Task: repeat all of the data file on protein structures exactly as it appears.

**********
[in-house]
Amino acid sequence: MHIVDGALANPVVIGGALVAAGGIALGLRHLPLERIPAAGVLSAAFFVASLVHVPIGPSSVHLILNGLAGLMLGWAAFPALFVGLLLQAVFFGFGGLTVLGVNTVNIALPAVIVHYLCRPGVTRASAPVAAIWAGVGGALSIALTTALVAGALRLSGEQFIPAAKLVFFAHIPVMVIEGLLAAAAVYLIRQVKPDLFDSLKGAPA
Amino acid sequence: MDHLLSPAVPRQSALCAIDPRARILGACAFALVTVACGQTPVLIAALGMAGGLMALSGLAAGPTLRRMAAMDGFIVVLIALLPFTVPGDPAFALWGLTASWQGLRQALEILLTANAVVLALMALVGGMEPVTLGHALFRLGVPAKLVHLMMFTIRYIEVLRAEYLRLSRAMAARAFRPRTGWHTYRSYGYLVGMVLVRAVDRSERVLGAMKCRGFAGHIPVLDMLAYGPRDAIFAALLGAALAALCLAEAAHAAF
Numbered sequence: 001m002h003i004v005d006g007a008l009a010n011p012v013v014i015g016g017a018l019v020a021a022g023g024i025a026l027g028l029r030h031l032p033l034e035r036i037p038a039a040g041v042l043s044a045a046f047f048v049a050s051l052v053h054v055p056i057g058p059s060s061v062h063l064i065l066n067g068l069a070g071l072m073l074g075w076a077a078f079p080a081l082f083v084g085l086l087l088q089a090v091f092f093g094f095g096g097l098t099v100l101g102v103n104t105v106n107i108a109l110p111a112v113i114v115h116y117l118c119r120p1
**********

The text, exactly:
[in-house]
Amino acid sequence: MHIVDGALANPVVIGGALVAAGGIALGLRHLPLERIPAAGVLSAAFFVASLVHVPIGPSSVHLILNGLAGLMLGWAAFPALFVGLLLQAVFFGFGGLTVLGVNTVNIALPAVIVHYLCRPGVTRASAPVAAIWAGVGGALSIALTTALVAGALRLSGEQFIPAAKLVFFAHIPVMVIEGLLAAAAVYLIRQVKPDLFDSLKGAPA
Amino acid sequence: MDHLLSPAVPRQSALCAIDPRARILGACAFALVTVACGQTPVLIAALGMAGGLMALSGLAAGPTLRRMAAMDGFIVVLIALLPFTVPGDPAFALWGLTASWQGLRQALEILLTANAVVLALMALVGGMEPVTLGHALFRLGVPAKLVHLMMFTIRYIEVLRAEYLRLSRAMAARAFRPRTGWHTYRSYGYLVGMVLVRAVDRSERVLGAMKCRGFAGHIPVLDMLAYGPRDAIFAALLGAALAALCLAEAAHAAF
Numbered sequence: 001m002h003i004v005d006g007a008l009a010n011p012v013v014i015g016g017a018l019v020a021a022g023g024i025a026l027g028l029r030h031l032p033l034e035r036i037p038a039a040g041v042l043s044a045a046f047f048v049a050s051l052v053h054v055p056i057g058p059s060s061v062h063l064i065l066n067g068l069a070g071l072m073l074g075w076a077a078f079p080a081l082f083v084g085l086l087l088q089a090v091f092f093g094f095g096g097l098t099v100l101g102v103n104t105v106n107i108a109l110p111a112v113i114v115h116y117l118c119r120p1